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Martha Bayles is the film and TV critic for The Claremont Review of Books and the author of two books: Through a Screen Darkly: Popular Culture, Public Diplomacy, and America’s Image Abroad, and Hole in Our Soul: The Loss of Beauty and Meaning in American Popular Music; and a regular columnist for The American Interest. Since 2003 she has taught in the Arts & Sciences Honors Program at Boston College.
Articles by Martha Bayles
The BBC series Wolf Hall is as beautifully cut, fitted, embroidered, and bejeweled as the heavy, intimidating garments of the Tudor nobility.
Borgen, the celebrated Danish TV series about power, politics, and media, puts Hollywood in the shade.
The ghost of Neville Chamberlain.
Spielberg’s West Side Story is a masterpiece based on a masterpiece.
The satirical Netflix series The Chair is not sharp enough to draw blood.
The film Nomadland expands the scope and meaning of the book that inspired it.
Are America’s cultural exports worse than junk food?
The great novel of the Eastern Front, adapted for television.
Rewatching HBO's masterpiece, The Wire.
Normal People puts a postmodern twist on a classic tale of passion.
Correcting the record on Clarence Thomas—again.
Big problems with Greta Gerwig's Little Women.
Hollywood is choosing Chinese profits over American liberties.
A binge-worthy series for grown-ups.
Hidden signs of faith and redemption in two notable films from Europe.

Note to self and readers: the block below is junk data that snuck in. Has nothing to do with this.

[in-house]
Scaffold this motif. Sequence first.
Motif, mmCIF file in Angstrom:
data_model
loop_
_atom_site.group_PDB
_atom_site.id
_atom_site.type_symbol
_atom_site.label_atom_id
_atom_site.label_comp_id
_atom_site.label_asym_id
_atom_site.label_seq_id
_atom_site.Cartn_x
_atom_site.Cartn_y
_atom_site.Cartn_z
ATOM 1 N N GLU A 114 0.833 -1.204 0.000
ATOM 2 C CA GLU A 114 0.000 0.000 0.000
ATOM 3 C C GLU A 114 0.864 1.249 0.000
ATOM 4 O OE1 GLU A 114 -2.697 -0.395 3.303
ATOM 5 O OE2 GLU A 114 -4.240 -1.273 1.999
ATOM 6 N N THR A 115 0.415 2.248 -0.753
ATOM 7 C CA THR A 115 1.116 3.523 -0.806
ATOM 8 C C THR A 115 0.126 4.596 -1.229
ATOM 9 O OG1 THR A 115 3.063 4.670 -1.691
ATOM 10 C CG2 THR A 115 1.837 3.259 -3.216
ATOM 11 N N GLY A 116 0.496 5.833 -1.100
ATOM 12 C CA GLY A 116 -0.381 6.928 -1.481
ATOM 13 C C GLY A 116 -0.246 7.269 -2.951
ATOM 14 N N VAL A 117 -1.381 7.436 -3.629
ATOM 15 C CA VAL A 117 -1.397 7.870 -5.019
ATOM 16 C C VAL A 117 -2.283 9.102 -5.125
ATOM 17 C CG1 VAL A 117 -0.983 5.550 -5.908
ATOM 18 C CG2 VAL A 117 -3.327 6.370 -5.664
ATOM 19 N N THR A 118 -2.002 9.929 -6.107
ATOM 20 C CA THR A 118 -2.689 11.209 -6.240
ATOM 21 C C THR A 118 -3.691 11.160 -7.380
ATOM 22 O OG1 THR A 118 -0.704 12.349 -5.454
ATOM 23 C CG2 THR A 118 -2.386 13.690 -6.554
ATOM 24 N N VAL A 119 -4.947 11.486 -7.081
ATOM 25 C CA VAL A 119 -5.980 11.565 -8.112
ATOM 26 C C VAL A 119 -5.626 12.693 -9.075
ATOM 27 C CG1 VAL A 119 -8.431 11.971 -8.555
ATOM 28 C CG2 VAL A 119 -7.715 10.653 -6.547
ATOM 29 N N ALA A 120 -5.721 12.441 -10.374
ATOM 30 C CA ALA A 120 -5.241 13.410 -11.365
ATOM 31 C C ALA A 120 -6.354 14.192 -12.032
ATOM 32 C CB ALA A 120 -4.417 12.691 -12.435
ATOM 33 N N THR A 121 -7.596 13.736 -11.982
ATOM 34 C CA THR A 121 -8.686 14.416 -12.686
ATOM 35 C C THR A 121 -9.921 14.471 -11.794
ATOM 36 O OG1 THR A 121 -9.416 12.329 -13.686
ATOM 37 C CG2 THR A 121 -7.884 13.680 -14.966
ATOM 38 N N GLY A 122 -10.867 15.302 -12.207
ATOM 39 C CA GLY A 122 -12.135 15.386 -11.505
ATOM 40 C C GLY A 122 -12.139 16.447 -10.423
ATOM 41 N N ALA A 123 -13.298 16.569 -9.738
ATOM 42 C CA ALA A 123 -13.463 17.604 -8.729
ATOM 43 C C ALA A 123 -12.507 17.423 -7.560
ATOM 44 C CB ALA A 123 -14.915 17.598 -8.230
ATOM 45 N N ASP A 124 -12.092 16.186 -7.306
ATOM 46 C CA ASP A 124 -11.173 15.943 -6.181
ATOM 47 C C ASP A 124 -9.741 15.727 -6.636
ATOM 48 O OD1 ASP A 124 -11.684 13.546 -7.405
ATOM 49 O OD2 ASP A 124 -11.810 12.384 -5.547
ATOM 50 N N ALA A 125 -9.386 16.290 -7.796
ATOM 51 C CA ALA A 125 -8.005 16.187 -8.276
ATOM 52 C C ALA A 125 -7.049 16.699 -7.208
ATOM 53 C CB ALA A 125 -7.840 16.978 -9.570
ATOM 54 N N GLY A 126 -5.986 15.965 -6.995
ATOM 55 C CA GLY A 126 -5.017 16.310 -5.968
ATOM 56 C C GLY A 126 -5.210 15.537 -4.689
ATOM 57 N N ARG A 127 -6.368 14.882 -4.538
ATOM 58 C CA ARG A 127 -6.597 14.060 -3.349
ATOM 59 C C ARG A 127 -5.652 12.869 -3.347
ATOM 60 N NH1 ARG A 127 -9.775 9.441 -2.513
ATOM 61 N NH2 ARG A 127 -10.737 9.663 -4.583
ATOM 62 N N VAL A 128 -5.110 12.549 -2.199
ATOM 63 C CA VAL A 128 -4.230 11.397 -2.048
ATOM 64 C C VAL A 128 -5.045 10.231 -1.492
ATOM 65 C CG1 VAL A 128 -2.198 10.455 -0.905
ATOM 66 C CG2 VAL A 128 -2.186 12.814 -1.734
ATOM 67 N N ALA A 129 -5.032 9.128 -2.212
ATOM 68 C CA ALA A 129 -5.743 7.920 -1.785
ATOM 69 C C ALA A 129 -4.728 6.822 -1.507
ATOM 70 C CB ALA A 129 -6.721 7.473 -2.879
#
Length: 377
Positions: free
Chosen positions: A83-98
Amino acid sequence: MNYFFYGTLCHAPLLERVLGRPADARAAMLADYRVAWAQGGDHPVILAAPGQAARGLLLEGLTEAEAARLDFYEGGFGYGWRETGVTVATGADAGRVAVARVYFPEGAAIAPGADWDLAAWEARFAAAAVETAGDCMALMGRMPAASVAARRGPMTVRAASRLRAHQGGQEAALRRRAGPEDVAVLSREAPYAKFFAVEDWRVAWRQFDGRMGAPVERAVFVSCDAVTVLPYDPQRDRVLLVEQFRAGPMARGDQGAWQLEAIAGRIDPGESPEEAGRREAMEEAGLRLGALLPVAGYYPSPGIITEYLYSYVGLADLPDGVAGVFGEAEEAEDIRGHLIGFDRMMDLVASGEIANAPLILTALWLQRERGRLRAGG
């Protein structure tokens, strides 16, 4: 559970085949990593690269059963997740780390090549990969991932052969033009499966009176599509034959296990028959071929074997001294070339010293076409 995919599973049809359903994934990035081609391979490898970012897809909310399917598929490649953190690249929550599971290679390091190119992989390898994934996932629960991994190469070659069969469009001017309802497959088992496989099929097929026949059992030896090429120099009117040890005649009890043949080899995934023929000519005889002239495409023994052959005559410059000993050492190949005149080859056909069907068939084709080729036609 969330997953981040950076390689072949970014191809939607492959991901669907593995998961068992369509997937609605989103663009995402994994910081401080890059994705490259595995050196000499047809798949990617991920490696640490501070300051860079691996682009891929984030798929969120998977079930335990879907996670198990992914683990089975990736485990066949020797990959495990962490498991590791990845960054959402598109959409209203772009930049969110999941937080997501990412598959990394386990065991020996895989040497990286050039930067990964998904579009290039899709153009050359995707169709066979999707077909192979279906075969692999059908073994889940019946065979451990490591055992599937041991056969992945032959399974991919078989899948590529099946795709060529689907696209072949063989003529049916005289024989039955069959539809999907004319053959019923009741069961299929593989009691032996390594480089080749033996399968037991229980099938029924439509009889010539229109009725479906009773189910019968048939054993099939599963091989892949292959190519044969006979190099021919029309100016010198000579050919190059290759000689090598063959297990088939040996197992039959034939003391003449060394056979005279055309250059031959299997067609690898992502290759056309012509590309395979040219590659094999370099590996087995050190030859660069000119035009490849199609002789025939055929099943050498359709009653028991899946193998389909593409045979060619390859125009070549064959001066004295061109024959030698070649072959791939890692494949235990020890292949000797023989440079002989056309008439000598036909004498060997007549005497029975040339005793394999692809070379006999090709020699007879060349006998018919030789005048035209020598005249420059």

Why the TV adaptation of My Brilliant Friend is better than the book.
The uninspiring side of Marvel Studio’s Afro-futurist utopia.
Netflix’s clever Black Mirror.
Ken Burns’s The Vietnam War does not take sides.
Hollywood’s romance with China may be breaking up.
Detroit rips open old wounds.
Dignity, not celebrity.
The Young Pope is a dazzling work of art.
The Cold War novelist on the big and small screen.
What does The Walking Dead say about American anxieties?
Truth, lies, and TV spies.
Donald Trump's bad reality show.
Democracy and transparency need each other.
Two television shows' very different outlooks on war and prisoners of war.
â€œWhat does it mean to understand man well enough to create one?â€
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House of Cards is a hit in China, too.
Oh Brother! Why Bother?
Why Breaking Bad is unexpectedly good.
A test of this insight is The Great Gatsby, the latest screen adaptation of F. Scott Fitzgerald's 1925 novel, starring Leonardo DiCaprio and Carey Mulligan and co-written and directed by the Australian filmmaker Baz Luhrmann.
Lincoln and Django Unchained represent what passes for artistic sensibility in todayâ€™s Hollywood.
China plans to blow up Hollywoodâ€™s monopoly.
The high priestess of Change Your Life TV.
What soap operas at home and abroad teach us.
Cambridge, MA, March 15, 2014â€”Noh Hao, at 25 the social mediaâ€™s youngestâ€”and first femaleâ€”multibillionaire, explains her meteoric success in an exclusive interview with Martha Bayles.
Each episode in the TV series begins with a question, some more portentous than others.
Avatar is the latest example of where art, politics, and theology meet.
Can any film do justice to the political genius of Abraham Lincoln?
War and torture get the Hollywood treatment.
Martin Scorsese's The Departed is a blurry copy of the Hong Kong original.
The merciless comic keeps hitting below the Borscht Belt.
An inside look at Dan Brownâ€™s new novel.
The films of Krzysztof Kieslowski.
The Queen and Marie Antoinette ask whether the modern world can understand monarchy anymore.
HBO gets "Rome" right.
Cantor attempts to link four TV programs to the themes of globalization and the end of the nation-state